For whatever reason, elephant shrews — or sengis — have long suffered from poor static representation.  This figure comes from a rather charming compendium called The Naturalist’s Pocket Magazine that was published in 7 volumes from 1798 to 1802.  The illustration itself was an embellished copy from an earlier work, Thomas Pennant’s (1726 – 1798) History of Quadrupeds, which featured two sengis.


Figure of the “Elephant Shrew” from Pennant’s 3rd edition of History of Quadrupeds (1793).  Pennant’s description of the animal is sparse, noting that the animal is “with a very long, slender and little nose:  the whole animal of a deep brown color.”  The editors of The Naturalist’s Pocket Magazine opted not reproduce the top image, which looks rather like a juvenile individual.  Super cute!  Image credit:  Biodiversity Heritage Library.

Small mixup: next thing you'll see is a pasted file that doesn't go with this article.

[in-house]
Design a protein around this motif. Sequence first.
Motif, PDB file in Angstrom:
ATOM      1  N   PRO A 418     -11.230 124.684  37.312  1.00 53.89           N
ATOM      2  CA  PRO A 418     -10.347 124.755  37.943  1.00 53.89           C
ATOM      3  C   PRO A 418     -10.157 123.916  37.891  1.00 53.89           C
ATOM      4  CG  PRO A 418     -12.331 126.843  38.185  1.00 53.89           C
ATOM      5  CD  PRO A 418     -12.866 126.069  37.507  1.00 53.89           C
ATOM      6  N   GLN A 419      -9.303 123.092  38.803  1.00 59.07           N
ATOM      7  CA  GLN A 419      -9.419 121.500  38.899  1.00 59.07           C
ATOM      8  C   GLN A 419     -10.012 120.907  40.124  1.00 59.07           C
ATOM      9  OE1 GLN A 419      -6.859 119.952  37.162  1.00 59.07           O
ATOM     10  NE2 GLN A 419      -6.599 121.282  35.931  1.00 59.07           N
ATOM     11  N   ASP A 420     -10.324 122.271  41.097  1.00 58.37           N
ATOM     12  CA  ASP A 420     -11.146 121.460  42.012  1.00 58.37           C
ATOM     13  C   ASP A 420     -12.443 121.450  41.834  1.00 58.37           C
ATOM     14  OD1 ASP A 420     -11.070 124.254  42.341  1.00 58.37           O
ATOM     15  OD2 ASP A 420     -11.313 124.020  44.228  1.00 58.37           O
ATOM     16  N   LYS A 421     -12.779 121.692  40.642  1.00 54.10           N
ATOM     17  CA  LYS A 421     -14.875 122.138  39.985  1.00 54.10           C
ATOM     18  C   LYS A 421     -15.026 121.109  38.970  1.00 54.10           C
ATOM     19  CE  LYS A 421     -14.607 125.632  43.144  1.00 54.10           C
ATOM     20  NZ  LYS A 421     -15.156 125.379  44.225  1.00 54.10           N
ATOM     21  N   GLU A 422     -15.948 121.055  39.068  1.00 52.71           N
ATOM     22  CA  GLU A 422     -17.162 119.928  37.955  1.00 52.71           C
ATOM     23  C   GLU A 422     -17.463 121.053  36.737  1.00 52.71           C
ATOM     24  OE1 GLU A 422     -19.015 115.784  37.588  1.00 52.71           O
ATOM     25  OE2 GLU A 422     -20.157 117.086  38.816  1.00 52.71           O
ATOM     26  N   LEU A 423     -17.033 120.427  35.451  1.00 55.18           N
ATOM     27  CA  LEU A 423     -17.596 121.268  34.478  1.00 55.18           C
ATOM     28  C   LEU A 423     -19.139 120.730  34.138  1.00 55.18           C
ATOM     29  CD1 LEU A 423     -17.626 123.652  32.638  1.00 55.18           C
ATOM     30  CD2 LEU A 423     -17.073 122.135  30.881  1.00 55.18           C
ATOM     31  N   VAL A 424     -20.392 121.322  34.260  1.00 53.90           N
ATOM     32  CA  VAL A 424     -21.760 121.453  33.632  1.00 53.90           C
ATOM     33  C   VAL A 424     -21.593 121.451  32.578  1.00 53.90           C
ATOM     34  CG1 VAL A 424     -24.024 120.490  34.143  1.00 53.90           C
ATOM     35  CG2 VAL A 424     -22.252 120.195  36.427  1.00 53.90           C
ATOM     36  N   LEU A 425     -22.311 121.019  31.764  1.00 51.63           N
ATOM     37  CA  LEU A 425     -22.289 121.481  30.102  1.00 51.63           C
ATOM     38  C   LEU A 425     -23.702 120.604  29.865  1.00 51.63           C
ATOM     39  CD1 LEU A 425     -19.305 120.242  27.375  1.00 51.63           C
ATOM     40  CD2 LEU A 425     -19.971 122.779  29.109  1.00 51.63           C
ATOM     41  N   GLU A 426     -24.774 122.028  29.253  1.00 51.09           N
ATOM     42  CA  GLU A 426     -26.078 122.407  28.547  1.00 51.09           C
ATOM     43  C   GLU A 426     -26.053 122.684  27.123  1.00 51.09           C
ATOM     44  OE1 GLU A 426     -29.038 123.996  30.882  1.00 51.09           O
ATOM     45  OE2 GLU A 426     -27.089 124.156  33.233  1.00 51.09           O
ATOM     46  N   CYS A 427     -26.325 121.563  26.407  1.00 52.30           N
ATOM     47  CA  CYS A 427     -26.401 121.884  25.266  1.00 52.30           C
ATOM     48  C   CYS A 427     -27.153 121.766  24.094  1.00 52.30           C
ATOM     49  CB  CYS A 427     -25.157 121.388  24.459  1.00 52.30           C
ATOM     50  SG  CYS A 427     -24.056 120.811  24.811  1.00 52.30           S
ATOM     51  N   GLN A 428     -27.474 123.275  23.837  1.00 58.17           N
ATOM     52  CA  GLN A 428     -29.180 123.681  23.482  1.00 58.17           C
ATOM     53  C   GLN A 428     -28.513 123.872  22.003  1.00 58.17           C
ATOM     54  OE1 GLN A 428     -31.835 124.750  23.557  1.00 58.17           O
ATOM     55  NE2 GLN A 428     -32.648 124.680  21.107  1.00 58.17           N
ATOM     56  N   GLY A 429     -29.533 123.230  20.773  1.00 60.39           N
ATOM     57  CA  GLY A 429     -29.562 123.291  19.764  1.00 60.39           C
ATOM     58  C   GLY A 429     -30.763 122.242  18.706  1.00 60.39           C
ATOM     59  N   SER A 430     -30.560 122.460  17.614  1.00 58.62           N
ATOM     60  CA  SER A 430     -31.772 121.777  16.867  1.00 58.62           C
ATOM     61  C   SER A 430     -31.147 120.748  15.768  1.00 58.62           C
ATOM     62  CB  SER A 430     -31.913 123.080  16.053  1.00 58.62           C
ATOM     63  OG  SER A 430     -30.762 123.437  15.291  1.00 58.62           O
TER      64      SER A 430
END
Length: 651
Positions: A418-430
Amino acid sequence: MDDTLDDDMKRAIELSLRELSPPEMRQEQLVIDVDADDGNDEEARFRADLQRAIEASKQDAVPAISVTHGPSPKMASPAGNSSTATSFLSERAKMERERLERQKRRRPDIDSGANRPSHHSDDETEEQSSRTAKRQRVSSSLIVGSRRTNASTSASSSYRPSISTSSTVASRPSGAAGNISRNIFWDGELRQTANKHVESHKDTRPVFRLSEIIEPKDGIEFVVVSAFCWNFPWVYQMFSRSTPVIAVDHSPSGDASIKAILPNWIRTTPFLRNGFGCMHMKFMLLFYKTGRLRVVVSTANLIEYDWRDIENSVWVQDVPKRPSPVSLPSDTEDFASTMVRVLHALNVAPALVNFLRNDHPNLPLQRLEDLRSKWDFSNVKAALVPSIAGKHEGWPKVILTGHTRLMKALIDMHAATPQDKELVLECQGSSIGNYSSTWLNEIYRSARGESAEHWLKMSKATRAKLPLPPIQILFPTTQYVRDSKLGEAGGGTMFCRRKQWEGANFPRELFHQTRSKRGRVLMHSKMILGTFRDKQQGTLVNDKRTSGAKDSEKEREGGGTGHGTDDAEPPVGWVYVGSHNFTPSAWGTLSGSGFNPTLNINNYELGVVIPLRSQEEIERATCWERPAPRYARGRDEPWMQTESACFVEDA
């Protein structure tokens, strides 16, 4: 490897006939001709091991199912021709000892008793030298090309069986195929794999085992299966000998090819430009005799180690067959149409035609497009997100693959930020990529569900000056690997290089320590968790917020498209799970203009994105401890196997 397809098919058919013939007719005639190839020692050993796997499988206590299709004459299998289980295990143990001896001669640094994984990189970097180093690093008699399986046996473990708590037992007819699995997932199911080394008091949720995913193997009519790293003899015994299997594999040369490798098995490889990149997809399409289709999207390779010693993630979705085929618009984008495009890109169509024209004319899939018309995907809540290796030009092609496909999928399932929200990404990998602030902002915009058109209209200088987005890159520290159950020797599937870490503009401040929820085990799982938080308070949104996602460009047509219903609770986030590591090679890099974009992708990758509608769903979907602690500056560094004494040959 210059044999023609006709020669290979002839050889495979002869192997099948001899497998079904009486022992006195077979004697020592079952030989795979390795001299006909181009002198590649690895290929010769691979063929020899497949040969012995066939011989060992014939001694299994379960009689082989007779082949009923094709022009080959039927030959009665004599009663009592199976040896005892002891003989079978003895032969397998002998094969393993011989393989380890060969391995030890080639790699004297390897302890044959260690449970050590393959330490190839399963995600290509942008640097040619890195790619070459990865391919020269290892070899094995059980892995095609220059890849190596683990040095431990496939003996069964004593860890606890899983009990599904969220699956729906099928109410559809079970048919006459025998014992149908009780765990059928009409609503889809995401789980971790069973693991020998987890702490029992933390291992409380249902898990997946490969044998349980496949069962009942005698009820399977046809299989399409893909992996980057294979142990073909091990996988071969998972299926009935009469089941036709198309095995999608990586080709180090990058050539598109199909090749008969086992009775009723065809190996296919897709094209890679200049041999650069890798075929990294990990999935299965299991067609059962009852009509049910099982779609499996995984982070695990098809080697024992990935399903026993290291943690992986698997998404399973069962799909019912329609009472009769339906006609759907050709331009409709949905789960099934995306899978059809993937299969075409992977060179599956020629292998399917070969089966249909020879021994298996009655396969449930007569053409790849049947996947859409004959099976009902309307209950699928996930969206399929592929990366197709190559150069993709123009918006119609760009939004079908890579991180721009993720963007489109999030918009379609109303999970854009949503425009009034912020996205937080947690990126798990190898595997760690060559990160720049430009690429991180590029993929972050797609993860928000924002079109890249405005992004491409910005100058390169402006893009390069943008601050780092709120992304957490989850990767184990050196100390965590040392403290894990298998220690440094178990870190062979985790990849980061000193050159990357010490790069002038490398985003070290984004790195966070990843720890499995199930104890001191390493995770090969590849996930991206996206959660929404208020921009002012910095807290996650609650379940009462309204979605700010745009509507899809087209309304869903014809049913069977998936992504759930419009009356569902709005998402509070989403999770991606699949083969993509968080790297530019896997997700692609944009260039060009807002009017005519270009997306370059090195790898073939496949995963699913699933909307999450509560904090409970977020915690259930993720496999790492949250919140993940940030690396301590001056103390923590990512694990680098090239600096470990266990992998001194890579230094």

The Naturalist’s Pocket Magazine says of the sengi:

Of this curious Shrew Mouse very little is known; and, till lately, it does not appear to have been noticed by naturalists. . . . One of the figures engraved by Pennant represents the animal with it’s snout turned upwards, the other is that which we have adopted. . . . If this Shrew has the faculty of dropping as well as elevating its snout, of which we have some doubt; it would, perhaps, have been best figured in that action, as most resembling the Elephant’s proboscis, from which it is named.

Though not as flexible as the elephant’s trunk, we now know that the sengi’s snoot is quite capable of wiggling!


Where are your doubts now?  Image source: BBC Nature.  Gif from via Giphy.